For years now, Jerry has been romantically putting forth the idea that we could someday, when he retires, fly to Key West, recover our bikes (which we’d have shipped ahead), climb onto those bikes, and ride home again, “following the spring.” I’ve always smiled at this lovely picture—not unlike a picture on a postcard, which might be a bit watery around the edges, like a Monet painting. I’m sailing down a long, freshly-paved slope, hair flying out from beneath my pretty blue helmet. Jerry’s following in his standard protective, last-in-line position. Early pink crocuses (or whatever mystery springtime flowers grow in the southern U.S.) dot the velvety green swale that swoops down alongside me on that hill.
The fact that home is Burlington, Vermont, a land far, far away from Key West, just added to the charm of the proposal. We’d see the east coast, close up and in color!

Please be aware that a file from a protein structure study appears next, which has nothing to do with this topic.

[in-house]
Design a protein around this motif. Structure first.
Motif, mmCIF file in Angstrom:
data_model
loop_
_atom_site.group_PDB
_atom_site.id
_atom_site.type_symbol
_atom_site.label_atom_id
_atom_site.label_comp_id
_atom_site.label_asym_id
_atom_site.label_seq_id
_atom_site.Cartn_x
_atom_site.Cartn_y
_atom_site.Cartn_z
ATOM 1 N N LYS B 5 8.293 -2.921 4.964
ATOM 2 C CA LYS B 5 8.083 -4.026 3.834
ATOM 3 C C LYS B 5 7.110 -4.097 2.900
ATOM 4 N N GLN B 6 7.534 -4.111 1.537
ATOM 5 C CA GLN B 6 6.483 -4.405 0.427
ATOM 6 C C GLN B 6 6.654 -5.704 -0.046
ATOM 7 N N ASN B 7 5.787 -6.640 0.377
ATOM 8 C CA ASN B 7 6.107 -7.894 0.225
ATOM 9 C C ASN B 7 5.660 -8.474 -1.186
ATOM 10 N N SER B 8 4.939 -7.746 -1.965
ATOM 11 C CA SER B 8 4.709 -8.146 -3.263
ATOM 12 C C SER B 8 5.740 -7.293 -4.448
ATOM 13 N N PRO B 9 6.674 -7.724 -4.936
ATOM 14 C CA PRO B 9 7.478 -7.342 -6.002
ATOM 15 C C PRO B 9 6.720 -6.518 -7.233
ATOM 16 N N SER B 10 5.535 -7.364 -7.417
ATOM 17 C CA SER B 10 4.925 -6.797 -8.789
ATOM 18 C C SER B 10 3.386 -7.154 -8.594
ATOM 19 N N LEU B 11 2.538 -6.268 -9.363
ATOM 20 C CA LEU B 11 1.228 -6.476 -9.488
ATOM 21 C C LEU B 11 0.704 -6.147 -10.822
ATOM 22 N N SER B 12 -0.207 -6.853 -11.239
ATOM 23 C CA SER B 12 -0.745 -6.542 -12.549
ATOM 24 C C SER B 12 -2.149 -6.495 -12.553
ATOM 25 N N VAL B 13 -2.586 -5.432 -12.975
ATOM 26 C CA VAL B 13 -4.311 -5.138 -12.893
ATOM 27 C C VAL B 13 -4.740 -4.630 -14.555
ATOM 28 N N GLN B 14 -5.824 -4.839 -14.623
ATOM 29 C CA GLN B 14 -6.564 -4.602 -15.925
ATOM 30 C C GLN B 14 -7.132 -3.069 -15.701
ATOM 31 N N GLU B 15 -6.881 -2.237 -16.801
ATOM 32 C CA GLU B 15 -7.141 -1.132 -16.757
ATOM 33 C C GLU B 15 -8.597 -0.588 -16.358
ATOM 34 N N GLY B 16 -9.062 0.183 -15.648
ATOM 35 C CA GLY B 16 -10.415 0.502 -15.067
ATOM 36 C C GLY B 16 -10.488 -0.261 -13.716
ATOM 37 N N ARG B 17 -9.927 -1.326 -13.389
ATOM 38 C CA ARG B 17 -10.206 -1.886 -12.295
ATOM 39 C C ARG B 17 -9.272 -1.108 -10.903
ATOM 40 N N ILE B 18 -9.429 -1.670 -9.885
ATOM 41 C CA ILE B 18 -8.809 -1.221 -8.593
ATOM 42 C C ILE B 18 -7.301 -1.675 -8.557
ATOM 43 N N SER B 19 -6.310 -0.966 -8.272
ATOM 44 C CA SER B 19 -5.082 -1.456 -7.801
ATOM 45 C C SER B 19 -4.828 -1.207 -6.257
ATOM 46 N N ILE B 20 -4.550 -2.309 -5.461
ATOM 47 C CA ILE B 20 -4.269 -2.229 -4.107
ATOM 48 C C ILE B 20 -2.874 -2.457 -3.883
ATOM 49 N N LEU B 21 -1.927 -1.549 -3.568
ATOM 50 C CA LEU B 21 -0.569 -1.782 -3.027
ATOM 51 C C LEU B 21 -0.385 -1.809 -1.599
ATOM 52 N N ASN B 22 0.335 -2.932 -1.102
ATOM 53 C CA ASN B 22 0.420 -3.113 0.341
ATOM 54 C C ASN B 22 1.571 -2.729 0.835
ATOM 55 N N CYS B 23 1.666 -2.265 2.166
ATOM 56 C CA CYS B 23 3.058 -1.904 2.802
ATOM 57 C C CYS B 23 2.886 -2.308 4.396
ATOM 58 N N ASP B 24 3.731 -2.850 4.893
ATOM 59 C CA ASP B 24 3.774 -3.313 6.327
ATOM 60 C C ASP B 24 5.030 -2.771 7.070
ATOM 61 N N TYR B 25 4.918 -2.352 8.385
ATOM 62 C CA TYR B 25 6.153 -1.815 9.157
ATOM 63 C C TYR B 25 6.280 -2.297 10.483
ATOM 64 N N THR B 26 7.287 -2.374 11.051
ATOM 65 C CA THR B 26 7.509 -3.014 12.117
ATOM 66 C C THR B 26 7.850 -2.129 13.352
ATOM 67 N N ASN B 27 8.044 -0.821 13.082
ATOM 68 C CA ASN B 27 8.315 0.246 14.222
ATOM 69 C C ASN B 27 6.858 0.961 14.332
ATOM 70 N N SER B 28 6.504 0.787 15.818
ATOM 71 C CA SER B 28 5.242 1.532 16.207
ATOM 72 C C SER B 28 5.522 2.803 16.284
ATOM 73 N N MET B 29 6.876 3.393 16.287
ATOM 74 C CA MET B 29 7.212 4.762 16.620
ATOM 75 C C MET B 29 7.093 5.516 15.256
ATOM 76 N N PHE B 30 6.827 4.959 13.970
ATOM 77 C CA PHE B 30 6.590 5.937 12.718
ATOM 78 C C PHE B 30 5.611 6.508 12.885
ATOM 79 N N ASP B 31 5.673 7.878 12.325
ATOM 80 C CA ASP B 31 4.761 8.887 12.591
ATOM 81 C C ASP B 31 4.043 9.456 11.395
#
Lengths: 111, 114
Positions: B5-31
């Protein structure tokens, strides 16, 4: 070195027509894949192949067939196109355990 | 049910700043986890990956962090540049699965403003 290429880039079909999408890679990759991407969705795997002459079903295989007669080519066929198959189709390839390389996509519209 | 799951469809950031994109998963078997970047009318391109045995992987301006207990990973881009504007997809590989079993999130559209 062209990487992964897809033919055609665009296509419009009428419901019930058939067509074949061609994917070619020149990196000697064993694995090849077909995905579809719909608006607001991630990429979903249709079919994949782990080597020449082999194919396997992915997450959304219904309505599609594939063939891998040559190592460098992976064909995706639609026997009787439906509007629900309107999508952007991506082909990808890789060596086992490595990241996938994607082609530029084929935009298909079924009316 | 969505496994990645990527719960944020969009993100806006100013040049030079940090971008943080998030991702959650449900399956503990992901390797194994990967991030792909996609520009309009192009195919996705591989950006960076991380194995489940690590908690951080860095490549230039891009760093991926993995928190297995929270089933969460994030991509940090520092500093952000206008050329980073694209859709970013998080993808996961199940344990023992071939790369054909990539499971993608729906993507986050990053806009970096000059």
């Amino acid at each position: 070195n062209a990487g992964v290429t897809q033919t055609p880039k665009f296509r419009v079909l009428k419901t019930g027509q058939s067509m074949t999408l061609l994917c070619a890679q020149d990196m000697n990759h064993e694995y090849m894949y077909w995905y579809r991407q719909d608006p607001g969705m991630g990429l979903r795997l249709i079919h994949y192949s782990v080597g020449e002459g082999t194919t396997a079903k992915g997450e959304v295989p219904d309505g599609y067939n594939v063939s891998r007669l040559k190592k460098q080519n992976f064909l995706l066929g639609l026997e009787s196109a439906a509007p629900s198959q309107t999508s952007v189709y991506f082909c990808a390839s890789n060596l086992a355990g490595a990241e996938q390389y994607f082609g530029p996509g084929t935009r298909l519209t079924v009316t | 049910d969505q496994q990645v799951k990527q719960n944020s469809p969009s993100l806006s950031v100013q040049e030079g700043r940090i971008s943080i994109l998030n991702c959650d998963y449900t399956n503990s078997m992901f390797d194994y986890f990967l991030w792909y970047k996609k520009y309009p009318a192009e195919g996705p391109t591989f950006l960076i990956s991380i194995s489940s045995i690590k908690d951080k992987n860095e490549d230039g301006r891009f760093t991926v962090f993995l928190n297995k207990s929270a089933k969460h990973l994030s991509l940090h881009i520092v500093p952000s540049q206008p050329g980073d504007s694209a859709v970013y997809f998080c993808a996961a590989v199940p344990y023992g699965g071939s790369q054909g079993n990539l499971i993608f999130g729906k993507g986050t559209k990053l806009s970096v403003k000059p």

Two years ago, the unthinkable happened; he f@#*ing retired. And he hasn’t yet stopped talking about how spring really does begin in the south, and move north, and what a great adventure this will be. Suddenly the postcard is taking on grays and browns, and we, on our bikes, are not visible for the rain.
This trip is going to happen, and I’ll be writing about it; probably, we both will. I may have to devote a couple entries to finding a bike seat that I think I can sit on for 2000 miles, but I’ll try to be amusing. I’m 50 and Jerry is 62. Fit but not superhuman, we’re giving ourselves eight weeks to do this trip. (Well, he is. I’m giving us ten.) We begin in February. Maybe writing a blog about it will remove some of the sting from that leather saddle. Maybe not, but I’d like to try.